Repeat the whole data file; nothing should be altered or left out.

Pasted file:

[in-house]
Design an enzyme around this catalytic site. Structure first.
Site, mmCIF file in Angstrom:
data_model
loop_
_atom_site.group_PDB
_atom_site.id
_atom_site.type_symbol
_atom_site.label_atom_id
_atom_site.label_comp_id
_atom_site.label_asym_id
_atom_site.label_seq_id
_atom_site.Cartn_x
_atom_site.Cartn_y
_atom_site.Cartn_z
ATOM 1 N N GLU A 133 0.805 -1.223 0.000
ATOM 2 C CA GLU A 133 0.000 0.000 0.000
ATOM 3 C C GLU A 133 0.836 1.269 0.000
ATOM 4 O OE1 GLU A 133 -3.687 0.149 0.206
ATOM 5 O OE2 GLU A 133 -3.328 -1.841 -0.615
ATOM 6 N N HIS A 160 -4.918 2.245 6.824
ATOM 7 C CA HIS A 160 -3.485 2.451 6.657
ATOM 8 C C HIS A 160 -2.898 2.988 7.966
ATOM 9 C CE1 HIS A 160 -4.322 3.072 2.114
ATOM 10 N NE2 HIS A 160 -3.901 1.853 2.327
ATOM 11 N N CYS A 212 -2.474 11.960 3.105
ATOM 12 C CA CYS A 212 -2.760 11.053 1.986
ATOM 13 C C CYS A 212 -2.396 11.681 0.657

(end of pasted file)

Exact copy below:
[in-house]
Design an enzyme around this catalytic site. Structure first.
Site, mmCIF file in Angstrom:
data_model
loop_
_atom_site.group_PDB
_atom_site.id
_atom_site.type_symbol
_atom_site.label_atom_id
_atom_site.label_comp_id
_atom_site.label_asym_id
_atom_site.label_seq_id
_atom_site.Cartn_x
_atom_site.Cartn_y
_atom_site.Cartn_z
ATOM 1 N N GLU A 133 0.805 -1.223 0.000
ATOM 2 C CA GLU A 133 0.000 0.000 0.000
ATOM 3 C C GLU A 133 0.836 1.269 0.000
ATOM 4 O OE1 GLU A 133 -3.687 0.149 0.206
ATOM 5 O OE2 GLU A 133 -3.328 -1.841 -0.615
ATOM 6 N N HIS A 160 -4.918 2.245 6.824
ATOM 7 C CA HIS A 160 -3.485 2.451 6.657
ATOM 8 C C HIS A 160 -2.898 2.988 7.966
ATOM 9 C CE1 HIS A 160 -4.322 3.072 2.114
ATOM 10 N NE2 HIS A 160 -3.901 1.853 2.327
ATOM 11 N N CYS A 212 -2.474 11.960 3.105
ATOM 12 C CA CYS A 212 -2.760 11.053 1.986
ATOM 13 C C CYS A 212 -2.396 11.681 0.657